Greece has received a lot of publicity since its financial problems surfaced last year. And yet it seems like many people still don’t think Greece’s problems are all that important. For example, last week I heard a popular financial radio host basically ridicule the notion that Greece’s financial issues could affect America. His reasoning was that Greece’s economy is tiny compared to the Eurozone or the US (in terms of GDP), and because of that, a Greek failure is nothing for Americans to worry about. Well, here are a few things to consider.
First, the problem is measured by the amount of money that Greece owes to various creditors and not by the size of Greece’s economy, so it doesn’t make sense to arbitrarily compare GDP values. Also, the fact that Greece’s debt burden is greater than its GDP would make that exercise faulty anyhow. And ironically enough, Greece’s tiny economy is actually making matters worse – since a larger economy could help Greece get out of debt faster.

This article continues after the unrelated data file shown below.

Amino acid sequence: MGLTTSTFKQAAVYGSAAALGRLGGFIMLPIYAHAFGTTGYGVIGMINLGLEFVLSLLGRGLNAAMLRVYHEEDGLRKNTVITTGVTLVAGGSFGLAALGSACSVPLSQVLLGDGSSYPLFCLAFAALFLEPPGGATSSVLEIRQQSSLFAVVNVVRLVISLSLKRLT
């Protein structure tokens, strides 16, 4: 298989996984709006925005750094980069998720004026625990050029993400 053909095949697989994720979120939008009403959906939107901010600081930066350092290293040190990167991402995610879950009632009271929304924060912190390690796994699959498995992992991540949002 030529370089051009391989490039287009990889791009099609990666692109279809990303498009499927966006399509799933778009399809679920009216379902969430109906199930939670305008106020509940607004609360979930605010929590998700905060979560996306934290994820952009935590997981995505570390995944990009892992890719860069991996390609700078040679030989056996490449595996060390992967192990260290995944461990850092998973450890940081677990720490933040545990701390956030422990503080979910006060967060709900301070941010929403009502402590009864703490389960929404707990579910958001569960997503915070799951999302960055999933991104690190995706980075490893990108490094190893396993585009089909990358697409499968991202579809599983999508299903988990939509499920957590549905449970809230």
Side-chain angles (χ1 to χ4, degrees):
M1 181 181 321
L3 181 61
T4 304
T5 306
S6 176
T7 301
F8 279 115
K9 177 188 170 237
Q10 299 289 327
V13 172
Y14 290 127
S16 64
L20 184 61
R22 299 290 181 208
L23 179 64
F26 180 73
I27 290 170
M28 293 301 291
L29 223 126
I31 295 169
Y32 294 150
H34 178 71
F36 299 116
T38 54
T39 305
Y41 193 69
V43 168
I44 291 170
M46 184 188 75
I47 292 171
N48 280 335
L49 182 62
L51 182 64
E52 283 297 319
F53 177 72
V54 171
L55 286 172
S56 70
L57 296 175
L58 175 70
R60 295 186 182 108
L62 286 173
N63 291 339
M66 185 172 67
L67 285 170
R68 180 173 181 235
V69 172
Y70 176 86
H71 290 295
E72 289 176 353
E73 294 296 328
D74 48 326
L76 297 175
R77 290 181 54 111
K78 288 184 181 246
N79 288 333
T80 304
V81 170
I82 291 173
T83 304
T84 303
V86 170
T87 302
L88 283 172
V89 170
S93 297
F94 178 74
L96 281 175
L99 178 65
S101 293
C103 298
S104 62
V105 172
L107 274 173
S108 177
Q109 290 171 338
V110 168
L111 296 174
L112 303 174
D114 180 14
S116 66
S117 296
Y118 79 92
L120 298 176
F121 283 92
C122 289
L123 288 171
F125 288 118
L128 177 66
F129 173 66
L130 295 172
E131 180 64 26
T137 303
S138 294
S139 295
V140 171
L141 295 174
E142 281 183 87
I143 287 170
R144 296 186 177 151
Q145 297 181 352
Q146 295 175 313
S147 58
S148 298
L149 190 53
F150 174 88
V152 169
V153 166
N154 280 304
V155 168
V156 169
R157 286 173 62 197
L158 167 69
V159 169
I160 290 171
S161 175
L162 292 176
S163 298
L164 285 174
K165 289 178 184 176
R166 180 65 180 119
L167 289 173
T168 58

Second, the US has more exposure to Greek debt than people realize. European investors may have been the primary buyers of Greek debt, but US banks were the primary insurers against a Greek default. In other words, if Greece doesn’t pay, then US banks may be liable for losses (even without holding the debt). Figure 1 shows this point clearly. Compared to Germany, the US directly purchased much less Greek debt. However, adjusted for indirect exposure, the US actually has more overall exposure to Greece than Germany does.
US vs. Germany
Values are in billions of USD
Source: Bank of International Settlements, BCM
And third, Greece is only the tip of the iceberg. If Greece fails, then who’s next? Remember that there are a number of peripheral Eurozone countries with their own financial problems including Portugal, Ireland, and Spain. If Greece doesn’t pay, then why should they? Taken together the problem doesn’t look so tiny anymore. Given the risk of contagion, it could actually make the financial crisis of 2007 look like a walk in the park. And yes, the US has exposure to those other countries as well.
I’m no policy guru and I don’t claim to have the solutions. I’m just pointing out that the problems brewing in little old Athens are much bigger than some “financial experts” claim. A Greek default will have worldwide repercussions that can impact even the mighty US of A. If you still can’t see why that is, then please refer to Figure 2 below.
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